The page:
Since the age of 19, innovator and entrepreneur Jessica Mathews has been on a path of disruption. That was when she created the SOCCKET, a portable generator in the form of a soccer ball. As you play with it, the ball stores and generates electricity which can then power up an attachable reading lamp or cellphone. At the age of 22, she became the co-founder and CEO of Uncharted Play Inc., where she currently drives the creative vision of an award-winning social enterprise with a mission to disarm social ills by inspiring people to lead playful lives. Under her leadership, Uncharted Play’s other innovation is THE PULSE, an energy harnessing jump rope.
These days Mathews is on a mission to disrupt Harlem. In fact she plans on opening up a tech lab in the New York City neighborhood. “Disruption is never quite. Disruption is never calm. Disruption is never polite,” Mathews recently told a crowd at the Harlem Business Alliance’s Disrupt Harlem one-day business innovation summit. She advised all burgeoning innovators and entrepreneurs to disrupt something in their respective fields. “Not just think about it. But to actually change entirely the way people think about this thing, entirely the way people think something should be,” she said. Her company’s SOCCKET ball is democratizing energy around the world and as she believes, it will be the future of sustainable energy access.
Mathews is no stranger to BLACK ENTERPRISE. In 2013, she received BE’s Innovator of the Year Award for using SOCCKET to bring power to rural, off-grid areas of Africa, Latin America, and the United States. The company was founded in 2011, but over the last year and a half it has really started to take off. Last year, Uncharted Play distributed more than 50,000 SOCCKETs around the world and has placed its products in the hands of over a quarter million people.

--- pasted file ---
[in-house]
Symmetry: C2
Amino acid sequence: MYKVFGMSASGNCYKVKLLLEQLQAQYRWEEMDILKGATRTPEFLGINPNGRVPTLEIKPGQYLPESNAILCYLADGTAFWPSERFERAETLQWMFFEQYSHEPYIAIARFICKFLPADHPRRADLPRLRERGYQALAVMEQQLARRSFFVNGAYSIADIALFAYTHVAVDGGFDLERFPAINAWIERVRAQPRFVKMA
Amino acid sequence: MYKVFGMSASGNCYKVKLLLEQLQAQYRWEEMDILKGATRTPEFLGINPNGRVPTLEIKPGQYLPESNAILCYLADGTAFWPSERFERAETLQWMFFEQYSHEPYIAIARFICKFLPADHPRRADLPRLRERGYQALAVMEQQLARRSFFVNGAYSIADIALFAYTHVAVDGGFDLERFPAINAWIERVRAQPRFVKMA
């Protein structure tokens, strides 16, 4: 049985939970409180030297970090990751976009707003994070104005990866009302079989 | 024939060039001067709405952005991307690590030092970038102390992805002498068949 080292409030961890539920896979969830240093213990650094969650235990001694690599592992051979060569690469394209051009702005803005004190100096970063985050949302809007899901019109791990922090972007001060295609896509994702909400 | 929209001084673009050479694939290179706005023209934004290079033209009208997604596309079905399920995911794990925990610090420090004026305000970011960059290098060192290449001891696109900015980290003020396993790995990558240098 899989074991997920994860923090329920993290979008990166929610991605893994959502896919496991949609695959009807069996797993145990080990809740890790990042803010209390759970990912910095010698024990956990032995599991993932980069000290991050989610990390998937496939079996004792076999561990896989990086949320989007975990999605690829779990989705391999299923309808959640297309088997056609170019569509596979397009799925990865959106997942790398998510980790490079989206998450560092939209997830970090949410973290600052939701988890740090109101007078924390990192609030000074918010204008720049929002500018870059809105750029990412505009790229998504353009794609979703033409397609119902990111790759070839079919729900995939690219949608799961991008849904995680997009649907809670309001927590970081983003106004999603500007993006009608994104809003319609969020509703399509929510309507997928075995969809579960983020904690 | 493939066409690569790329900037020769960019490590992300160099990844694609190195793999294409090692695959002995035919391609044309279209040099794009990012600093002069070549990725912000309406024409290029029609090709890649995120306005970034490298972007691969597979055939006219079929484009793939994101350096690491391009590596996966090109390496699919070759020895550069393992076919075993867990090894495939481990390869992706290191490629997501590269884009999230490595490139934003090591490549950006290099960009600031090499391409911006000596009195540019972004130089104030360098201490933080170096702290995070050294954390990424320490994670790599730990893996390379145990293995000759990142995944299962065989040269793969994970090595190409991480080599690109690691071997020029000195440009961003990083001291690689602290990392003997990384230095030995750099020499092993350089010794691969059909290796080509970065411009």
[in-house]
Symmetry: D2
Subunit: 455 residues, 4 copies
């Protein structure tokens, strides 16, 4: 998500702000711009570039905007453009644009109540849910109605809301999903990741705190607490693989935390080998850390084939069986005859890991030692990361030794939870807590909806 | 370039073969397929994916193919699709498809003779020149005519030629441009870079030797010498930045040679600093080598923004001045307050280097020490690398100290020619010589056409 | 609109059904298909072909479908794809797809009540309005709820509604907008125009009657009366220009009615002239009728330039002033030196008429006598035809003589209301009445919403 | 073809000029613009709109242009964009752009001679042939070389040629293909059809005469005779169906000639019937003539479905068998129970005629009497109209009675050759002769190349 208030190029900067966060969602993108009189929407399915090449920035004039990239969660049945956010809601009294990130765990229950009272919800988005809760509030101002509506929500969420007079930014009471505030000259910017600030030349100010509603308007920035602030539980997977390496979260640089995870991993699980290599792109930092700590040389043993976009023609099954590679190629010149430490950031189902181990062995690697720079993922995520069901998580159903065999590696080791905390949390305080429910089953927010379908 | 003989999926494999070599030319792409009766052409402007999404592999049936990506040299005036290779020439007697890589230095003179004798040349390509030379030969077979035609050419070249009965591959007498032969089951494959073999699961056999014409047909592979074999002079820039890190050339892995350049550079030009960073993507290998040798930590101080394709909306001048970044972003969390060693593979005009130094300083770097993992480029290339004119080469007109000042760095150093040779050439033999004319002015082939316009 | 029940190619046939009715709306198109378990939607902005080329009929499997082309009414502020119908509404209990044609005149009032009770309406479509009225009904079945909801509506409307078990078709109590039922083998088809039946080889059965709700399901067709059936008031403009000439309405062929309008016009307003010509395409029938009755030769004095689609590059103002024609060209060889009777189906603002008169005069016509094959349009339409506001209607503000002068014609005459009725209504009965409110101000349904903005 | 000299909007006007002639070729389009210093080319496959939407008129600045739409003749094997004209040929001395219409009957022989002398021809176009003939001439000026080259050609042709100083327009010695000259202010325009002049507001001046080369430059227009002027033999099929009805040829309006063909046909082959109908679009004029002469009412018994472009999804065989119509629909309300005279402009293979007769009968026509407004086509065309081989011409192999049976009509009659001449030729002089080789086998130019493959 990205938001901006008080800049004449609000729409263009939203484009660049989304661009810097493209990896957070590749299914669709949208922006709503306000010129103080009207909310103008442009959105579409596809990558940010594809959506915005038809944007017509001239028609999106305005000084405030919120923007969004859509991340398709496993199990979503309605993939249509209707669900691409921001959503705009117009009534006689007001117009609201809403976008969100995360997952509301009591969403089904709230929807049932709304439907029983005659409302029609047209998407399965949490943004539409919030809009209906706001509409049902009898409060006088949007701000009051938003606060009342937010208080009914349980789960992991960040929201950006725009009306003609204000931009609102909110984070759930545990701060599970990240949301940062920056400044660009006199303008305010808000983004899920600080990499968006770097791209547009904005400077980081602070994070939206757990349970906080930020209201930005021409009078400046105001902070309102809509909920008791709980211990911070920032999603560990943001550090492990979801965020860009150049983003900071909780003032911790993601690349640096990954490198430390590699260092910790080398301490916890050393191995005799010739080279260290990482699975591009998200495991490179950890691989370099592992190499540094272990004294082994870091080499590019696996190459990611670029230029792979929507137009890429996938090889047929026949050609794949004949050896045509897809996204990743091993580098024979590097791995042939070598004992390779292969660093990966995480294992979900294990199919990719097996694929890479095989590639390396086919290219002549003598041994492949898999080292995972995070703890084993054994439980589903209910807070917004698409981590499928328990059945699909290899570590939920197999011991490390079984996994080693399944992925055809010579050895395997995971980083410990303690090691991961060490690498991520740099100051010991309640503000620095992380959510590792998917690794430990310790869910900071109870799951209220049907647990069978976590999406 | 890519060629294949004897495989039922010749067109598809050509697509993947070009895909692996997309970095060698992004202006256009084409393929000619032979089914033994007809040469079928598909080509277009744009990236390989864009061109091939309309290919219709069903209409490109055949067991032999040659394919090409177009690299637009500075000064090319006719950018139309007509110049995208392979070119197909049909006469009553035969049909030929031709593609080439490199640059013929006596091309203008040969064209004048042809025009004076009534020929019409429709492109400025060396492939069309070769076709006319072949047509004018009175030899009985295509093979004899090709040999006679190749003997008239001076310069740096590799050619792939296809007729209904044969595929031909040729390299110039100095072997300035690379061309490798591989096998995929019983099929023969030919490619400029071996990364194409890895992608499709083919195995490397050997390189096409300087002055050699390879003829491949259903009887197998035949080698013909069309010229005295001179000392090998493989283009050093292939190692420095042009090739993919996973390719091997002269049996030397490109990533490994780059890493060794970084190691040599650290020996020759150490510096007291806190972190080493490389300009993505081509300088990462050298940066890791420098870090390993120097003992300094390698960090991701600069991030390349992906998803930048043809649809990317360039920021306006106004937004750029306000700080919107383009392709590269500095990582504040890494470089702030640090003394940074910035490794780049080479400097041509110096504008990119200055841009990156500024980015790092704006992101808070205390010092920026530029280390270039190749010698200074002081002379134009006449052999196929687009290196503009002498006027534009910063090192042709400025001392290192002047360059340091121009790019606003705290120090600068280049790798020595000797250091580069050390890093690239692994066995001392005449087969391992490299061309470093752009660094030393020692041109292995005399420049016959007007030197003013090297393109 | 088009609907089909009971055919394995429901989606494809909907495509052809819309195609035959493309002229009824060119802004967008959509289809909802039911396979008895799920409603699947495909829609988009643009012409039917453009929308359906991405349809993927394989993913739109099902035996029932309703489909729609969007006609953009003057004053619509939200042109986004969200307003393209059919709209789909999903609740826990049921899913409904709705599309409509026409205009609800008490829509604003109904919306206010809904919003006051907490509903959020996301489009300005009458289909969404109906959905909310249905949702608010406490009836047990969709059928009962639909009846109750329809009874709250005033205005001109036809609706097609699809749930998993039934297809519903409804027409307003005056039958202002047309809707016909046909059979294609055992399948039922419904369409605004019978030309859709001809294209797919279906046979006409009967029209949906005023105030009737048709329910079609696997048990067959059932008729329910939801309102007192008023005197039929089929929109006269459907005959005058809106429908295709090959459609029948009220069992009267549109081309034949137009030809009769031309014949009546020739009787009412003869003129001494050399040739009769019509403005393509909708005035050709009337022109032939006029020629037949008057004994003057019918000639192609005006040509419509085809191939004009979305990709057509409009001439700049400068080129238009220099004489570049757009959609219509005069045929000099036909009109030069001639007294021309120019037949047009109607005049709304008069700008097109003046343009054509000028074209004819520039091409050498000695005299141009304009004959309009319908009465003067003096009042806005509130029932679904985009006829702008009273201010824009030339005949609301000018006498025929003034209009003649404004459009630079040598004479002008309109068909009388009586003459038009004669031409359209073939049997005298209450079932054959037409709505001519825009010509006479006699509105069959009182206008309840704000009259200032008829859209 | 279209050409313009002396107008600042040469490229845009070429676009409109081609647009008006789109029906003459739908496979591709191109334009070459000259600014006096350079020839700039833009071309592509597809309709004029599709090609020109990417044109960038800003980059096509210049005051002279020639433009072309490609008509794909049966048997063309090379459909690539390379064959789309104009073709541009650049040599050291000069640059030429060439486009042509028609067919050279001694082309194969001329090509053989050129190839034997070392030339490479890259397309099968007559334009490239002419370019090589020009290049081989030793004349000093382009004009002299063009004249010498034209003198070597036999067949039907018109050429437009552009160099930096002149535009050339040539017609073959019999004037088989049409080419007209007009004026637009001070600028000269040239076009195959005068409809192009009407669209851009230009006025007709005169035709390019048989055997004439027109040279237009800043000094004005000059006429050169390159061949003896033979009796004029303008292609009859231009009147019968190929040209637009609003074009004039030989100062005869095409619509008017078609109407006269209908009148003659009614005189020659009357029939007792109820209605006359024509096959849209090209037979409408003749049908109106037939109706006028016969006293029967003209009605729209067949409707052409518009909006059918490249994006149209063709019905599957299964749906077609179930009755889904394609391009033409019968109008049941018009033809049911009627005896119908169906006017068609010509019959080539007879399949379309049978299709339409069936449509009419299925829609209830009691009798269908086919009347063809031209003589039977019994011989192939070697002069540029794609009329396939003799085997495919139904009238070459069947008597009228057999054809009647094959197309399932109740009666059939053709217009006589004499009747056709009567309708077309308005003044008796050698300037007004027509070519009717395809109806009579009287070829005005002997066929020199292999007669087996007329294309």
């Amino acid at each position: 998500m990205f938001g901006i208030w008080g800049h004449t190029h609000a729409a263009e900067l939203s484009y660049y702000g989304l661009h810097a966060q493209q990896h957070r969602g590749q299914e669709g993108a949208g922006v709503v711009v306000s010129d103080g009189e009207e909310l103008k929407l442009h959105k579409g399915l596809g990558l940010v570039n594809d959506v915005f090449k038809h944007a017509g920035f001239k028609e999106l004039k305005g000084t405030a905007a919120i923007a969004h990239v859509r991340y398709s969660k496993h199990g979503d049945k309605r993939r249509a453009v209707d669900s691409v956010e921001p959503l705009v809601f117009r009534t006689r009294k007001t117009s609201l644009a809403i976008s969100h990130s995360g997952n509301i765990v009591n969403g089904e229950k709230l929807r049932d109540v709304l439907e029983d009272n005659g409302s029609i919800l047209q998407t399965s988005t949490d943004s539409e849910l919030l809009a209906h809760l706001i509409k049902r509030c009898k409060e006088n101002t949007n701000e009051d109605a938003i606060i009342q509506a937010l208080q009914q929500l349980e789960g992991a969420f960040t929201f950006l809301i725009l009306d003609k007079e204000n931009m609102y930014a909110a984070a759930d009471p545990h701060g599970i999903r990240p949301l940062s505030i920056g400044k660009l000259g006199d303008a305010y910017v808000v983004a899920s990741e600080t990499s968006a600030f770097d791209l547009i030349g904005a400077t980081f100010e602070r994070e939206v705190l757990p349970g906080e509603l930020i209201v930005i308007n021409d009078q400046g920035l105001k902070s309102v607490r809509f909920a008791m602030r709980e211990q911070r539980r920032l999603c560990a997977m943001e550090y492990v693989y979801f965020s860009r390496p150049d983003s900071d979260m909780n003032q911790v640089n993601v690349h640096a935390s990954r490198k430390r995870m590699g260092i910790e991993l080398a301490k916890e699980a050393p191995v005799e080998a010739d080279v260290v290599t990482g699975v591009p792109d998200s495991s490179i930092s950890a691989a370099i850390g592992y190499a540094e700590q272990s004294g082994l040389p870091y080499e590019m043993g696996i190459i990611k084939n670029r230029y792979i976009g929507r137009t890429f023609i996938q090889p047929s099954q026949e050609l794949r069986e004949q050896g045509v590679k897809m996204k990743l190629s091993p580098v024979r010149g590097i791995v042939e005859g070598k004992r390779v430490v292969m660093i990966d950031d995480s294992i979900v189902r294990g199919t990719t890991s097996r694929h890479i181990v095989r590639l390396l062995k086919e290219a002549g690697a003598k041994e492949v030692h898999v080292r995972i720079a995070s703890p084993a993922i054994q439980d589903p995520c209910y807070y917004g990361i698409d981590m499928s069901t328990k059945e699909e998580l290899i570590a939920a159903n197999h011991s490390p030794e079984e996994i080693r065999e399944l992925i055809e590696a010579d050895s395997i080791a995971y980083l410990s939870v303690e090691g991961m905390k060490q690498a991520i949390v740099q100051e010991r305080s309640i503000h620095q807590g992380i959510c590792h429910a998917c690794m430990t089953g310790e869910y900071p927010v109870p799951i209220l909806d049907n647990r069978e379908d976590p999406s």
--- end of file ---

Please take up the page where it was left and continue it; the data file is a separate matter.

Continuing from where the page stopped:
The 27-year-old Harvard M.B.A. alum also teamed up with Toyota to introduce Uncharted Play’s “Think Out of Bounds” curriculum. With SOCCKET at the centerpiece of the curriculum taught to local school children in Brazil, youth are learning how to invent with limited resources; how to do build prototypes. “We are training an army of young disruptors,” said Mathews, who is the daughter of Nigerian parents and saw the need for a sustainable renewable power source while visiting family and friends in the African country. It was dangerous whenever the power went out because people would use kerosene lamps, Mathews explained. “They were used to it and didn’t see it as a deadly situation. No one thought of an innovation to solve this problem.” That is until Mathews discovered a way to combine people’s passion for playing soccer with a mechanism that harnesses kinetic energy as a power source. “Light is life,” that is the motto. “Kinetic energy is energy in motion. Kinetic energy is all around it. Literally every time you move there is energy there,” added Mathews.
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